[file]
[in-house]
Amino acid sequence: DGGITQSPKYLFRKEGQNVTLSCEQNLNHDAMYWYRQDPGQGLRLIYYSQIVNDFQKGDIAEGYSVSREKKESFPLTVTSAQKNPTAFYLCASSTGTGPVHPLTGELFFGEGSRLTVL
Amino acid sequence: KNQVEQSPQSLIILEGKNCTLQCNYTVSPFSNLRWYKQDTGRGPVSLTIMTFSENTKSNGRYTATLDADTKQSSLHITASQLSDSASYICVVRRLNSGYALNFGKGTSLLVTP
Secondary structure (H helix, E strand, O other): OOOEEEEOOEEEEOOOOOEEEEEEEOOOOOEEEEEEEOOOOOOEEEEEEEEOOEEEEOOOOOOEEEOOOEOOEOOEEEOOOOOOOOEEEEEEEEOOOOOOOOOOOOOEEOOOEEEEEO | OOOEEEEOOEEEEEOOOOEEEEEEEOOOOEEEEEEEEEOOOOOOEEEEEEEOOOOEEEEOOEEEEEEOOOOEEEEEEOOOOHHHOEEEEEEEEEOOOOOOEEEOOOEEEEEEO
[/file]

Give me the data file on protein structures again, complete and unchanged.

[in-house]
Amino acid sequence: DGGITQSPKYLFRKEGQNVTLSCEQNLNHDAMYWYRQDPGQGLRLIYYSQIVNDFQKGDIAEGYSVSREKKESFPLTVTSAQKNPTAFYLCASSTGTGPVHPLTGELFFGEGSRLTVL
Amino acid sequence: KNQVEQSPQSLIILEGKNCTLQCNYTVSPFSNLRWYKQDTGRGPVSLTIMTFSENTKSNGRYTATLDADTKQSSLHITASQLSDSASYICVVRRLNSGYALNFGKGTSLLVTP
Secondary structure (H helix, E strand, O other): OOOEEEEOOEEEEOOOOOEEEEEEEOOOOOEEEEEEEOOOOOOEEEEEEEEOOEEEEOOOOOOEEEOOOEOOEOOEEEOOOOOOOOEEEEEEEEOOOOOOOOOOOOOEEOOOEEEEEO | OOOEEEEOOEEEEEOOOOEEEEEEEOOOOEEEEEEEEEOOOOOOEEEEEEEOOOOEEEEOOEEEEEEOOOOEEEEEEOOOOHHHOEEEEEEEEEOOOOOOEEEOOOEEEEEEO